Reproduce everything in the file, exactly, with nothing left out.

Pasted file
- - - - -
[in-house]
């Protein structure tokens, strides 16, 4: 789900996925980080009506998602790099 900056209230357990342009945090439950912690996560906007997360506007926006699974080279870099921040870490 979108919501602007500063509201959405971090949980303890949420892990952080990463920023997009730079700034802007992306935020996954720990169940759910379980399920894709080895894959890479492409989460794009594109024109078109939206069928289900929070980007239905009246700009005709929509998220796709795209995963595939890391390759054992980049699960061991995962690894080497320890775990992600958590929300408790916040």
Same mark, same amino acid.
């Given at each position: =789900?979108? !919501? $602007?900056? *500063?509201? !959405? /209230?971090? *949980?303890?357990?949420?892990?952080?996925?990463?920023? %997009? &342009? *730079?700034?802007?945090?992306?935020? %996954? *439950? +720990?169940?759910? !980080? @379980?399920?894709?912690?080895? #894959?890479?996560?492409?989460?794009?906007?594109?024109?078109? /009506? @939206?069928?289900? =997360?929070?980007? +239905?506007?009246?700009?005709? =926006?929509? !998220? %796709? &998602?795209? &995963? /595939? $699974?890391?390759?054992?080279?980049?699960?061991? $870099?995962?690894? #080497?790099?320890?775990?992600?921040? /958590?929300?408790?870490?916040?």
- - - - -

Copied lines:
[in-house]
């Protein structure tokens, strides 16, 4: 789900996925980080009506998602790099 900056209230357990342009945090439950912690996560906007997360506007926006699974080279870099921040870490 979108919501602007500063509201959405971090949980303890949420892990952080990463920023997009730079700034802007992306935020996954720990169940759910379980399920894709080895894959890479492409989460794009594109024109078109939206069928289900929070980007239905009246700009005709929509998220796709795209995963595939890391390759054992980049699960061991995962690894080497320890775990992600958590929300408790916040």
Same mark, same amino acid.
């Given at each position: =789900?979108? !919501? $602007?900056? *500063?509201? !959405? /209230?971090? *949980?303890?357990?949420?892990?952080?996925?990463?920023? %997009? &342009? *730079?700034?802007?945090?992306?935020? %996954? *439950? +720990?169940?759910? !980080? @379980?399920?894709?912690?080895? #894959?890479?996560?492409?989460?794009?906007?594109?024109?078109? /009506? @939206?069928?289900? =997360?929070?980007? +239905?506007?009246?700009?005709? =926006?929509? !998220? %796709? &998602?795209? &995963? /595939? $699974?890391?390759?054992?080279?980049?699960?061991? $870099?995962?690894? #080497?790099?320890?775990?992600?921040? /958590?929300?408790?870490?916040?």